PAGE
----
If you have been reading this blog, you likely have seen the articles relating to the County Court collections process. While obtaining a money judgment against a delinquent owner can be an effective remedy, collection of that judgment does not always mean that an owner will be caught up to date in the payment of their assessments and other charges.
For example, let’s say that an association obtains a Judgment against a delinquent owner for amounts coming due through January. If the owner does not voluntarily pay the judgment amount, an association may have to collect the amount through a wage garnishment. However, the wage garnishment can sometimes take months to collect a delinquent balance. In this scenario, we will assume that the judgment was not collected until July. What if the homeowner did not pay assessments from February through July after the judgment was obtained?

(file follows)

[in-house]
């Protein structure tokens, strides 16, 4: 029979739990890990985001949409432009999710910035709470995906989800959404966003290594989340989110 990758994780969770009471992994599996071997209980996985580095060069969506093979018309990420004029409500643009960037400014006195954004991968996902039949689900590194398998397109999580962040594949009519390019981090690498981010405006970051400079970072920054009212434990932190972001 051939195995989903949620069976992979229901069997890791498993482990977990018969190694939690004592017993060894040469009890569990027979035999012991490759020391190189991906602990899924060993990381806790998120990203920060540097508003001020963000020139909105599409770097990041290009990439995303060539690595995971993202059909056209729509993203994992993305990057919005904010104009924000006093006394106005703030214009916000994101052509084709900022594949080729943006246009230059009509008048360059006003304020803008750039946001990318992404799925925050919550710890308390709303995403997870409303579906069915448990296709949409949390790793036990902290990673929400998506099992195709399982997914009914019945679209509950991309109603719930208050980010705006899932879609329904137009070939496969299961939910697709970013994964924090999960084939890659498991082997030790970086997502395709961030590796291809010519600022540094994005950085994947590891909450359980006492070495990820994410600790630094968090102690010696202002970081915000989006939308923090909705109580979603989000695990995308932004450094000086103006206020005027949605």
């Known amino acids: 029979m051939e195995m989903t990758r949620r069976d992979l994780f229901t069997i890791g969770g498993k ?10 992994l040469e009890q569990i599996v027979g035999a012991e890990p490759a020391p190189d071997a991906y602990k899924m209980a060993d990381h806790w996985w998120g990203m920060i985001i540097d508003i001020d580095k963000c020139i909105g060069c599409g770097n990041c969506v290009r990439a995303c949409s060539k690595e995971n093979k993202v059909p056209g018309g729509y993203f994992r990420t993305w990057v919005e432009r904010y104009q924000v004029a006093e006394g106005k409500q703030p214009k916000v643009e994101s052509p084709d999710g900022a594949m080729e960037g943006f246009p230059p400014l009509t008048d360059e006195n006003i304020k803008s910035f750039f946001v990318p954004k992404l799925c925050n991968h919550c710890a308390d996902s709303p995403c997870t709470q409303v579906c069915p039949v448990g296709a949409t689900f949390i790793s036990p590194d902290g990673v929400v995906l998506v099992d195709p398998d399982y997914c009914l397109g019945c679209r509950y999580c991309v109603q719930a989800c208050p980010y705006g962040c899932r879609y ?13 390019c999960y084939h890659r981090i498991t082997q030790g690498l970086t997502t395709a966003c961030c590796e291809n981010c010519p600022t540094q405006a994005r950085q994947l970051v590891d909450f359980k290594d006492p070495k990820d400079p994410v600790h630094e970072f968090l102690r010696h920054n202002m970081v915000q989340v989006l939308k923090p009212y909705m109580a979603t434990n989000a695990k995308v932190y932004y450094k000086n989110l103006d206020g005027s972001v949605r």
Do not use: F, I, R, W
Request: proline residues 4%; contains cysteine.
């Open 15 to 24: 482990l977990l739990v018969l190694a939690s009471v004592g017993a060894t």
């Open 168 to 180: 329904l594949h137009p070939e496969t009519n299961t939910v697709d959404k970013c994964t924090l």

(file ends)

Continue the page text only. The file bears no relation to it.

Unfortunately, since the judgment was only good through January, that leaves the association in a situation where it will have to start over with a new lawsuit to collect the difference. To avoid this frustrating scenario (perhaps perpetually), an association can elect to accelerate its future assessments to provide for a ‘cushion’ against delinquencies arising after the judgment enters. An association should check both its Declaration and Collection Policy to determine whether it has the legal right to accelerate and, if so, determine the proper process to follow.